Although I crunched the numbers on what the engines were worth, it had core zone inspections and all that stuff that had been completed. I think it was on one engine anyway. But, so yeah, it takes a little bit of analysis to get the coming with a reasonable amount, you know, the actual number.

People think they’re buying an airplane with two engines, but they’re really buying two engines with an airplane attached to it. That’s true, that’s true. Well you sound like a GE guy. Let me tell you something, those guys make those guys make amazing engines, they’re incredible. They do, when I was a bombardier the GE ref at the facility used to say literally that word for word, he goes yeah we don’t care what your point is. We just power it. Yeah. We can make it. Especially on the Challenger series. The engines on the Challenger series are incredible. Yes they are and I’m dating myself but I started out as a mechanic on the 502 3C Abco Lycoming engine. Yeah. What were those on the Challenger 600? It was, yeah. It was the very beginning of when it was can it air, when it was a mechanic. Yeah, I was able to provide for my family on all those engine changes.

Yeah, and the other job, engine change is a big job. We had one of the engines on one

of our challenges had to go in for a shop visit. And I remember the maintenance director called me up and said, you’re not going to believe this, but there’s a couple of parts missing. I’m like, well, how can we continue? Like, how are we flying the engine with parts missing? And he said, oh, the GE guy was laughing. He said ours wasn’t even in bad shape. He said they’ve seen engines that come in with missing fan blades, and they still run like no problem. Oh. Which is incredible.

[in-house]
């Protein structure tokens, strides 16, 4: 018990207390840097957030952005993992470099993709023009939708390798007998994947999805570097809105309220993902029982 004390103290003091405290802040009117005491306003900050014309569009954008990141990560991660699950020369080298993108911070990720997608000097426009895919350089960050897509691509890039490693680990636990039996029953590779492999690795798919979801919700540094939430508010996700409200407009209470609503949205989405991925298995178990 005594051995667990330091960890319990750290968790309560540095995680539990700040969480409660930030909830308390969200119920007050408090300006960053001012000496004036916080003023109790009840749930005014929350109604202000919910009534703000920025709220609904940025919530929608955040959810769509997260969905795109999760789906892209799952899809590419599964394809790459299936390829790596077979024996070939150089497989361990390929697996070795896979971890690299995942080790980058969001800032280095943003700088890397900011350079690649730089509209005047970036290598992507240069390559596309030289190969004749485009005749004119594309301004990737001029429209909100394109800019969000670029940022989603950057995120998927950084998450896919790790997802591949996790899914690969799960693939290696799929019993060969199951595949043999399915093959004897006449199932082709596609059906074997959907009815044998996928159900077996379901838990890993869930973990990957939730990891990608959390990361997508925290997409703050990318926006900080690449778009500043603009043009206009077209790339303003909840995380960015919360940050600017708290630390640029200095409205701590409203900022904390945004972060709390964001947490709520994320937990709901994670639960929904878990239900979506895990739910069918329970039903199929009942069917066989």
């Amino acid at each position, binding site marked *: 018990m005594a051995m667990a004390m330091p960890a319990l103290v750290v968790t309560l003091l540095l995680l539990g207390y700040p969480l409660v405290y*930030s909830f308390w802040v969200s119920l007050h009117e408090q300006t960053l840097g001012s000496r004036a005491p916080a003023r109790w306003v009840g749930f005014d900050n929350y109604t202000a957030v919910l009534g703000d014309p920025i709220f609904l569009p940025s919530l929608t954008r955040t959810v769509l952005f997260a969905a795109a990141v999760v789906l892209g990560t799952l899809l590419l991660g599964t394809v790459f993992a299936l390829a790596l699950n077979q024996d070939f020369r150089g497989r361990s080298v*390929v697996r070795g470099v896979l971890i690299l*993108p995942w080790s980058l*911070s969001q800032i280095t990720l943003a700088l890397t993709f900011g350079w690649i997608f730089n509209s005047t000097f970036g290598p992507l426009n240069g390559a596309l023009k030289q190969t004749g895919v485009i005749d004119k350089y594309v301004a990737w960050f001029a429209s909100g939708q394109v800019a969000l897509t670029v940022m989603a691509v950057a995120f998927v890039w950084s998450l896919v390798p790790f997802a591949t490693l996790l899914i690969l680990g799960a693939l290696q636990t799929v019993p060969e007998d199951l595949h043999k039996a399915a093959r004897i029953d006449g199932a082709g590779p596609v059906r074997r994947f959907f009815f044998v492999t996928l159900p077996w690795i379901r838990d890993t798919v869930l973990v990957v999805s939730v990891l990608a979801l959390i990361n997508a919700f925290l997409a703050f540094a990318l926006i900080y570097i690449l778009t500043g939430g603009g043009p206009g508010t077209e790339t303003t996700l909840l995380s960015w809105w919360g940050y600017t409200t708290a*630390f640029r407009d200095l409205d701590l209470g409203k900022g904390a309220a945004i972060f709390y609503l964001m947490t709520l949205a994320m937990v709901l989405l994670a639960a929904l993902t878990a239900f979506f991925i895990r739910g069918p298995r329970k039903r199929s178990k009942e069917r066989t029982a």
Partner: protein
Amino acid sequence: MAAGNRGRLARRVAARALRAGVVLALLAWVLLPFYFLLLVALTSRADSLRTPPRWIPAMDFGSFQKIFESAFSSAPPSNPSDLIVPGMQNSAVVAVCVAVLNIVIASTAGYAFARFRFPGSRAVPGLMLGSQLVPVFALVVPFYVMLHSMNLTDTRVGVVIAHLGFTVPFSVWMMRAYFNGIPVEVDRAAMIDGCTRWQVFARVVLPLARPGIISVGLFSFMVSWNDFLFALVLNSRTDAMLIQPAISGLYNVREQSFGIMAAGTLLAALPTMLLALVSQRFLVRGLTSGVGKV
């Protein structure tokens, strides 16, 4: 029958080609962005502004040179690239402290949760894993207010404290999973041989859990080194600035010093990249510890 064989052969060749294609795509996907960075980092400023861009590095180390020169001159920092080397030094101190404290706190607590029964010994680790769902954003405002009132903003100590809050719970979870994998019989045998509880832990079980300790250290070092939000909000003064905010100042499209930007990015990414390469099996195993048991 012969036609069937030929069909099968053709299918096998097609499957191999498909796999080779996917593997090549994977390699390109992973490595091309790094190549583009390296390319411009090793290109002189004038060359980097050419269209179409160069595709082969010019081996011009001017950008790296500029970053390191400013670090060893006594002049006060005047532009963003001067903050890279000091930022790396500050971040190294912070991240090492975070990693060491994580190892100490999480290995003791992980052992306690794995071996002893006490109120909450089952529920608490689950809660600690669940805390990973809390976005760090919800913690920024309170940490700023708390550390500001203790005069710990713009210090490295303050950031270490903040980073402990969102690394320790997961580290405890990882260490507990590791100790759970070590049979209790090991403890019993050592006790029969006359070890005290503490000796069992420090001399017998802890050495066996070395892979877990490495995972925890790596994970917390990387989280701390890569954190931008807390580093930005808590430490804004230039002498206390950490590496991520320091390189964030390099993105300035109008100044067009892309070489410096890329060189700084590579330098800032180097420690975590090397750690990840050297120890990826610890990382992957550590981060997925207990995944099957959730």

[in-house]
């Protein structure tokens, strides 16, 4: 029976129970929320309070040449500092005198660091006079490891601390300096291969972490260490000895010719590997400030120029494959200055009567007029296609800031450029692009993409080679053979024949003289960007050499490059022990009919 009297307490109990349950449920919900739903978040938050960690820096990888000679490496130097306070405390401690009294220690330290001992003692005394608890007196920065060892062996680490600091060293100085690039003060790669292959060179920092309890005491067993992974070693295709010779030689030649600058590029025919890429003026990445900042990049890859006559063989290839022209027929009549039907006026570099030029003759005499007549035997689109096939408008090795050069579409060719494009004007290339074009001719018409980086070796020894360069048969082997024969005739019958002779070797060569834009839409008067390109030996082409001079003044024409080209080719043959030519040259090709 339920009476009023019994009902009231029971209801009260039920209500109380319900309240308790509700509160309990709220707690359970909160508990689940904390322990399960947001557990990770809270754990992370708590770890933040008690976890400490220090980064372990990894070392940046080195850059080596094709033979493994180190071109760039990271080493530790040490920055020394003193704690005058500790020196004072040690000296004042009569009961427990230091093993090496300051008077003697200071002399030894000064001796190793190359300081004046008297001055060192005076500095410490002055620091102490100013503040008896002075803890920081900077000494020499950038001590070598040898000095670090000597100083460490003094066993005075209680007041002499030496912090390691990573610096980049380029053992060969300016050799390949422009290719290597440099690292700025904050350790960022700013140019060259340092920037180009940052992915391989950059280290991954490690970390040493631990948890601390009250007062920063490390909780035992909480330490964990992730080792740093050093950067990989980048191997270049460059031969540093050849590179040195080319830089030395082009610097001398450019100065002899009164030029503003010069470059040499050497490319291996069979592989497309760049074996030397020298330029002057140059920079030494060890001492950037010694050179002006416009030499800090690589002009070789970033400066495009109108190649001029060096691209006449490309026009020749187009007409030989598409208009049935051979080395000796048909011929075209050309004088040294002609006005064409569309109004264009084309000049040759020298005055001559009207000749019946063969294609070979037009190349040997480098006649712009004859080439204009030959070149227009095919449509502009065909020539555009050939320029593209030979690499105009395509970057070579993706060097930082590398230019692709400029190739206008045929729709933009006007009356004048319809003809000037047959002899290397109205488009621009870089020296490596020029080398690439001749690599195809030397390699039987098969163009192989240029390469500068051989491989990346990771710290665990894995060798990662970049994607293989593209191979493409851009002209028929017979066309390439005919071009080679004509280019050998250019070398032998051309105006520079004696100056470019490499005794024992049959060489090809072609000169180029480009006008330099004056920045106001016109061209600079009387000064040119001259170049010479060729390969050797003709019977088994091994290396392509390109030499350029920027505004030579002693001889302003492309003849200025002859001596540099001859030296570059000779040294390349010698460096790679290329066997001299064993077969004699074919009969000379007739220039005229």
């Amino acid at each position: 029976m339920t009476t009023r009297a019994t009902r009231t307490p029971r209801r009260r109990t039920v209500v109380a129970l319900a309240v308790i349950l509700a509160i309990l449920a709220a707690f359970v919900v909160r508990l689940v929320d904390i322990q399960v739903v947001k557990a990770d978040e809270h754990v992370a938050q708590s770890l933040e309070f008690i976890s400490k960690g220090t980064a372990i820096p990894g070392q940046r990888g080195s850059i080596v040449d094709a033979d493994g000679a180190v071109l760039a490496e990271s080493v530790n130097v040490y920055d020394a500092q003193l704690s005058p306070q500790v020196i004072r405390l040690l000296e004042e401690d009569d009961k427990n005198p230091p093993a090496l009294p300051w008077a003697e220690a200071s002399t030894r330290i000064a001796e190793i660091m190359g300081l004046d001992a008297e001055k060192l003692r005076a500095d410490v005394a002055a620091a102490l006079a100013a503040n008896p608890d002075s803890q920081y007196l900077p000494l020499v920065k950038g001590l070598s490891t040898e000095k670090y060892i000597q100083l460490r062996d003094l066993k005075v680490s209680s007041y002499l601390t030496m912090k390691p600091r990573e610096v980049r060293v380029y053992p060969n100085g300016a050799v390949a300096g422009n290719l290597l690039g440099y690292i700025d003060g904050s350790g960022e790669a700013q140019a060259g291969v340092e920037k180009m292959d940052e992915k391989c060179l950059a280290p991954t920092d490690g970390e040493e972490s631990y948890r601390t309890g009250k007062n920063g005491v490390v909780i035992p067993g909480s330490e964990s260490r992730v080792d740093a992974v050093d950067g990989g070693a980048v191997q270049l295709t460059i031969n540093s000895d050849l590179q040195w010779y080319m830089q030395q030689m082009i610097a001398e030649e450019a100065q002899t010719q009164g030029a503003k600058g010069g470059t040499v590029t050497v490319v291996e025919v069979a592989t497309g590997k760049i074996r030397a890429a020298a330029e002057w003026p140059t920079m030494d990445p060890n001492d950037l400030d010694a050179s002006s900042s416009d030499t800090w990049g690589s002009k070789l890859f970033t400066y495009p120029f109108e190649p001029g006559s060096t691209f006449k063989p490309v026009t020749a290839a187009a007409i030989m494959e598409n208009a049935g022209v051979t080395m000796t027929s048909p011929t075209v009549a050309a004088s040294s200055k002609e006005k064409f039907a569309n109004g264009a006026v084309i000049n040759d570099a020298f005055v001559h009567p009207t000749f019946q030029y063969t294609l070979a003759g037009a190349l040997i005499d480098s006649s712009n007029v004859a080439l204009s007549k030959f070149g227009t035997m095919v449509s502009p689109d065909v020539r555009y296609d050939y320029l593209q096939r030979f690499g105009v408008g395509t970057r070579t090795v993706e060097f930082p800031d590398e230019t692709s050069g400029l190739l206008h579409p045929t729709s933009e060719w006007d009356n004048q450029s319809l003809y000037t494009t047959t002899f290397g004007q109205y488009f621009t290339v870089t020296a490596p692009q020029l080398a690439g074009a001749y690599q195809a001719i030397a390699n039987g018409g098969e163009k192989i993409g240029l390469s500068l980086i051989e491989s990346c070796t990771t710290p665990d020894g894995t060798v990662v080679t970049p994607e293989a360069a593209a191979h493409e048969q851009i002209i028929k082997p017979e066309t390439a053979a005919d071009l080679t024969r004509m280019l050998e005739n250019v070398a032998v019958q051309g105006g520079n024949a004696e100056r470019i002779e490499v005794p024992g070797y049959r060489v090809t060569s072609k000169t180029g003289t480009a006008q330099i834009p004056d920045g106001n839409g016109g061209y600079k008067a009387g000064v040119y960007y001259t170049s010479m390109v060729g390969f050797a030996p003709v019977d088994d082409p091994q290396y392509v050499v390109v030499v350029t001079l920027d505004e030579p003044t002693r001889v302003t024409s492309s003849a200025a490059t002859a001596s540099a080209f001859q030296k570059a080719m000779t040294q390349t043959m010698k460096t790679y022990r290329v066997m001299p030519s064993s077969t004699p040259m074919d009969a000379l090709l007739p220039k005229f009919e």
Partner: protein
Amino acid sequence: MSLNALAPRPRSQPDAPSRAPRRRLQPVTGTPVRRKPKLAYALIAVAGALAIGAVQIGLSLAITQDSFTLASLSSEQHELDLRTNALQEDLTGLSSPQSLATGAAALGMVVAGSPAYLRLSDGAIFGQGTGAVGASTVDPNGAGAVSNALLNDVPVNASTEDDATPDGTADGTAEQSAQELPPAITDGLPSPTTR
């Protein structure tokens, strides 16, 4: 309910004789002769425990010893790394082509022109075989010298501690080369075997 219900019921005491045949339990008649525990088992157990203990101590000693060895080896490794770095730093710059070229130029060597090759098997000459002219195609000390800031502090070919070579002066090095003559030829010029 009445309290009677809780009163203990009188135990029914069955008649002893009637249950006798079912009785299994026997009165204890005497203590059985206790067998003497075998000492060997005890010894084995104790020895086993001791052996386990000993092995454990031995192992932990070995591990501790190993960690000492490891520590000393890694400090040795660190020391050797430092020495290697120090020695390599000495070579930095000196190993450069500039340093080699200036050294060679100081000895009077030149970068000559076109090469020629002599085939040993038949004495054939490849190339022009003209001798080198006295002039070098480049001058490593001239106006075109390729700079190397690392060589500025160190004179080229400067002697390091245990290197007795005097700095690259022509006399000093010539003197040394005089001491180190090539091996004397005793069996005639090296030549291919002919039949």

It’s absolutely incredible. That engine is just, it’s a miracle. It’s incredible how durable it is, how efficient it is, how well it runs, how many things could go wrong and it still runs and produces power. You don’t have a problem. It’s incredible. Well, after their experience with the Avco engine, which was, it had been and then they made it a turbo fan to it and basically experimented with it on the Challenger. It was just underpowered. But that TF34 engine on the Challengers is also on the A-10 Warthog. Oh, is there really? Yeah, oh yeah, that engine was highly had been highly tested by the US military on it was also on it forget get the debt it’s a locking aircraft but it was a sub sub chaser that they used to use and it was on that air on that military aircraft also well they got it right that’s a short right like just to put it into perspective, we have engine programs on all the planes that we operate because the engine liability can exceed a couple of million dollars and nobody wants to really take it. So, just in terms of the cost per hour, the engines on the Challenger, the hourly cost for an insurance program is somewhere around $300 an hour. On a Rolls-Royce engine that’s on a Gulfstream, it’s around $650, $700. So it’s more than double the cost per hour to pay into the maintenance protection plan for different engines. The lowest cost engine program around is on that TFE34 engine built by General Electric.


And that’s a testament to how little maintenance that it needs because they need to cover that cost. So they can afford to charge a lot less because you need a lot less maintenance because the engine is more durable. Incredible. How does that compare to like the Rolls-Royce engine that they’ve got on the Global Expresses and such? So those are around you know between $550 and $750 per engine per hour depending on the contract, how old it is, how many hours you do a year. Now the contracts eventually renew. If you have one they’re not going to cancel you ever because they can’t. But just in terms of what they’re trying to get you in, there was a big bump, I think, last year because of the flight chain issues and inflation and escalating costs. So there was an outsized increase in the hourly rate on engines in general. But the D engine on a Challenger is about half of the Rolls-Royce engine that’s on it. Well, maybe a little bit less than half.